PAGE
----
Declan Shalvey is an amazing artist, as you might know from books such as Moon Knight and Injection. Well, he's also become an excellent writer in the past few years, with stories like Bog Bodies and Time Before Time. I think he's a great writer too, but I really love his visceral, detailed, thoughtful art, so I'm excited he's going to be both writing and drawing the new series Old Dog. It's about an old agent who's given another chance to make things right, as his "last mission" had previously gone horribly wrong. I'm frankly not too worried about the plot. They had me at "Declan Shalvey" and "spy series". I can't wait to see what Shalvey does here. 

Human Target #7 / Human Target HC Book 01 by Tom King and Greg Smallwood, published by DC Comics
I absolutely loved the first arc of Human Target. It was everything I wanted and more. I knew very little about the character of the Human Target, and that wasn't a problem for me, and it won't be a problem for you either. People hire him to impersonate them if they think someone is trying to kill them. And then he catches them, in some cases by "dying". That's it. But now the Human Target actually is dying, and he has 12 days to figure out who is responsible. That's the premise, and it's a terrific one. But also, this is among the most gorgeous comics you'll read. Seriously, Greg Smallwood has outdone himself. He conjures a world that is ostensibly set in the modern day but evokes the stylish 1960's. It's bright, lively work, with incredible style and panache and skill as a storyteller. I was such a huge fan of his work in the Moon Knight series he did with Jeff Lemire and Jordie Bellaire (read me going on and on about it here). He has a clean line, and immaculate character work, and his panel payout is incredibly interesting and innovative. You should also read his work in this Marvel series of stories. That Marvel series feels like it might have been something of the inspiration for the new Human Target series. So this week is a double delight - the hardcover collection of the first 6 issues is available, as is issue 7! You're going to love it.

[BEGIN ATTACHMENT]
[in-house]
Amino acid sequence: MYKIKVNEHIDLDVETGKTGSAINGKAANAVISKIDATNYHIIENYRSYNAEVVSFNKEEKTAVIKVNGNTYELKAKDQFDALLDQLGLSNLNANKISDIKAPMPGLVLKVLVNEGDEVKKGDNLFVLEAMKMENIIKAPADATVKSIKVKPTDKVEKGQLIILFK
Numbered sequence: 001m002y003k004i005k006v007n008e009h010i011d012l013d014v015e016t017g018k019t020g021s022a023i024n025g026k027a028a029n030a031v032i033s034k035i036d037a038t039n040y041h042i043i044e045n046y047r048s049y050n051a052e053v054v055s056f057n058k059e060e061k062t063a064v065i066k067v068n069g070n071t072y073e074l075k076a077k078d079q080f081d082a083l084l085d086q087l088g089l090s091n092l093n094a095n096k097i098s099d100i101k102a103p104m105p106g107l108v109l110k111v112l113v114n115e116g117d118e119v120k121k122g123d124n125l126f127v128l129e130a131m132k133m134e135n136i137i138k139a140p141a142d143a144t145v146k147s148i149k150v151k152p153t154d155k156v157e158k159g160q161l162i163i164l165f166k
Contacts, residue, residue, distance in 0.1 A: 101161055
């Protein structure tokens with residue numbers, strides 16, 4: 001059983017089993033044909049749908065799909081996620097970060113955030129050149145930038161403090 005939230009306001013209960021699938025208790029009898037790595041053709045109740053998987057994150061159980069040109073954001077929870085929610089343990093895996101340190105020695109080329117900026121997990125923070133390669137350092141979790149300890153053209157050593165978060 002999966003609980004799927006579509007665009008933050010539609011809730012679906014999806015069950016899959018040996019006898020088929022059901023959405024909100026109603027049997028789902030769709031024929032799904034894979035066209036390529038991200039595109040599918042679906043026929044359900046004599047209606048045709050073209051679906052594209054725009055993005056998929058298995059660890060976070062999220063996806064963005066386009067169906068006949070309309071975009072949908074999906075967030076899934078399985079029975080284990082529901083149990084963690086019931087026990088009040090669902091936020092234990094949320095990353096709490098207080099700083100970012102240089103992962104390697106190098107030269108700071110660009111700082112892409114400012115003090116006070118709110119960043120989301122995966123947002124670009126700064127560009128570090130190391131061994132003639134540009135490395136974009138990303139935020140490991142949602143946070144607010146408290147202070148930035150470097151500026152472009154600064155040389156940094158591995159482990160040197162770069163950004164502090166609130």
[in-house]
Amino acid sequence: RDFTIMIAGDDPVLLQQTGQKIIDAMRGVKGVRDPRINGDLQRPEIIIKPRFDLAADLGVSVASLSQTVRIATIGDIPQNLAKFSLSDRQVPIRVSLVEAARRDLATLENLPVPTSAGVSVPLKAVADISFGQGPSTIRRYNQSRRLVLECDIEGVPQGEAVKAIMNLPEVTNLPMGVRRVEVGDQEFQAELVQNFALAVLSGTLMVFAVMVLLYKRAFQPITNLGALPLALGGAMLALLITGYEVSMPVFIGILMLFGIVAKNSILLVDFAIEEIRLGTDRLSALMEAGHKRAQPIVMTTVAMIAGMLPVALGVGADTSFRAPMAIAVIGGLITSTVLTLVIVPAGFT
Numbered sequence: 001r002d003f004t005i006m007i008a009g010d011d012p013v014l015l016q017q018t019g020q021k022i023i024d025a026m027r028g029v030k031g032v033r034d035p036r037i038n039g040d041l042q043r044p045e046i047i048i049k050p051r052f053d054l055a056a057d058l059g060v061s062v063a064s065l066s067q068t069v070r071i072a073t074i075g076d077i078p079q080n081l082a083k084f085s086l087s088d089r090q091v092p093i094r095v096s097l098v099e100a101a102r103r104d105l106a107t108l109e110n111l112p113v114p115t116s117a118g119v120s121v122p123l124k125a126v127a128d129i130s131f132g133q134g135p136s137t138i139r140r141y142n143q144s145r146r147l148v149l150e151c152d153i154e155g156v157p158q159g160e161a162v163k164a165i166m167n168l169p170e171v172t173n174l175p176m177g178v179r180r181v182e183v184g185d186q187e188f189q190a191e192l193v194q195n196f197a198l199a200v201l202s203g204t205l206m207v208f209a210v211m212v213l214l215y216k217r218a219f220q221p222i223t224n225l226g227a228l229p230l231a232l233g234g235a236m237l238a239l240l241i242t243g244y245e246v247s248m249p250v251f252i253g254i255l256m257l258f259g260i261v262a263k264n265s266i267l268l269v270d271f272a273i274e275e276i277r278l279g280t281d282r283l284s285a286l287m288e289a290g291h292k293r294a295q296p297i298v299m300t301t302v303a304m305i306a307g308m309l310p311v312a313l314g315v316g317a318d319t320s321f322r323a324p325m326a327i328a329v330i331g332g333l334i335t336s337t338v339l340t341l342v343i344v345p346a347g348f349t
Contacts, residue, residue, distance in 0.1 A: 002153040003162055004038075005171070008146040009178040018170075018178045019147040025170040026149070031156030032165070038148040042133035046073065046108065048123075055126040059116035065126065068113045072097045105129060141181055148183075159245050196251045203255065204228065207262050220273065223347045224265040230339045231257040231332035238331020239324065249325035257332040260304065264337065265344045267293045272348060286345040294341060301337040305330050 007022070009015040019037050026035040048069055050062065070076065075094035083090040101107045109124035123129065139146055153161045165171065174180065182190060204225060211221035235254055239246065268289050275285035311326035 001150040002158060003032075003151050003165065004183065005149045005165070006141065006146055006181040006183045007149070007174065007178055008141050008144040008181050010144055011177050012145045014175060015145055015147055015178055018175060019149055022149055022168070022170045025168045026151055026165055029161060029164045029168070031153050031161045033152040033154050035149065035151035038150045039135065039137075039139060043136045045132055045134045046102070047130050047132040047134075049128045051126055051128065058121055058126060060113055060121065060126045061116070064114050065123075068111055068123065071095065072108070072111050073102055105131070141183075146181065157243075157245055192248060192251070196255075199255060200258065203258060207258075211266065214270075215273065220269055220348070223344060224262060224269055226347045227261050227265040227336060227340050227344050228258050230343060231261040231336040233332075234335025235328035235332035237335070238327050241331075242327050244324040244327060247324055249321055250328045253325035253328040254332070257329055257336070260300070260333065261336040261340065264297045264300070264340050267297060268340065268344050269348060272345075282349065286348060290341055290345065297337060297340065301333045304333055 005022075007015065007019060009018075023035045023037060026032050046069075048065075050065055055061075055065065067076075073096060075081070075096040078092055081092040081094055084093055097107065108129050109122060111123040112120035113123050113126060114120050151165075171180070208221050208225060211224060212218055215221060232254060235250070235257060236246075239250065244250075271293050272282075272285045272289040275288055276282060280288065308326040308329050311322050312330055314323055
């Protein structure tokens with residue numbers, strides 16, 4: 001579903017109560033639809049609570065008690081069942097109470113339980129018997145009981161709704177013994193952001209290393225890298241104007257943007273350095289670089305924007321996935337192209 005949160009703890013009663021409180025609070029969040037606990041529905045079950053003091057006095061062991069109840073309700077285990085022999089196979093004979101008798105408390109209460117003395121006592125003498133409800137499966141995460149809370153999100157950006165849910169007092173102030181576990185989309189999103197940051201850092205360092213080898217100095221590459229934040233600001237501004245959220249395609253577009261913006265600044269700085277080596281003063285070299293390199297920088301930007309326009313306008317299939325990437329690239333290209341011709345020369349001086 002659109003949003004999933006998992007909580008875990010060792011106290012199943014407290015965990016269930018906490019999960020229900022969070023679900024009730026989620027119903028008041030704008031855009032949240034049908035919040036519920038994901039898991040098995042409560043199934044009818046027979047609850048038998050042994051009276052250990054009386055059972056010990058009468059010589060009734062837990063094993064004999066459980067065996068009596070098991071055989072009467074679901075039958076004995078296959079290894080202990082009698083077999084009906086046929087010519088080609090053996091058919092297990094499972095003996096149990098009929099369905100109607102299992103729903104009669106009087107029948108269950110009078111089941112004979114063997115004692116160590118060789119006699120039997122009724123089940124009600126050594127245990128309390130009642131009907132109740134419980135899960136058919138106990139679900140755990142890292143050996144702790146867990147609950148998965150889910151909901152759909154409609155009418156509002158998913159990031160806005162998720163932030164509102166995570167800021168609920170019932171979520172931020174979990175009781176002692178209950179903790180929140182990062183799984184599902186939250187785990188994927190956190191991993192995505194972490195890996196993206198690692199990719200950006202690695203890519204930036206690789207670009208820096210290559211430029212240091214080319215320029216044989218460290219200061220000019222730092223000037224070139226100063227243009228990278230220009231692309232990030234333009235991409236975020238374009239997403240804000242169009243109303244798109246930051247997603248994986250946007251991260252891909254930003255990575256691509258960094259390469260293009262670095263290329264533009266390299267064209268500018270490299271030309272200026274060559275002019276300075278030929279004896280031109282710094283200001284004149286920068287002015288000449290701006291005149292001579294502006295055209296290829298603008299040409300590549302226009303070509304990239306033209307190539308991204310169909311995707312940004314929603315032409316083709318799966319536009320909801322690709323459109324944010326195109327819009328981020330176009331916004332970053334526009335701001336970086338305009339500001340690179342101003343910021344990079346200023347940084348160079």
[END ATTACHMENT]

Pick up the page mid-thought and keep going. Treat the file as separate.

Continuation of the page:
Superman Space Age #2 by Mark Russell, Mike Allred and Laura Allred, published by DC Comics
It's great when you're really looking forward to something and it is even better than you had hoped. I was very excited for the first issue of Superman: Space Age and it was even more beautiful and poignant and fun than I thought it would be. Writer Mark Russell is one of my favorite writers in comics. He's written some of the smartest, funniest, and most poignant comics I've read in recent years (The Flintstones, The Snagglepuss Chronicles, Billionaire Island). Mike and Laura Allred are (similarly) one of my favorite art teams in comics. I'm such a fan of the Allred's work (Silver Surfer, FF, Bowie, and many more books); I think that they capture the spirit and pop sensibility of the 60's, and Allred is a spiritual successor to Kirby in his style and spirit. And Superman is my favorite character (when done well)! So, this amazing team combined together to create something really moving in the first issue of this comic. It felt grounded in a real-ish place in history, but also very much felt like the DC universe. It was fun and heartfelt and I can't wait for the next issue.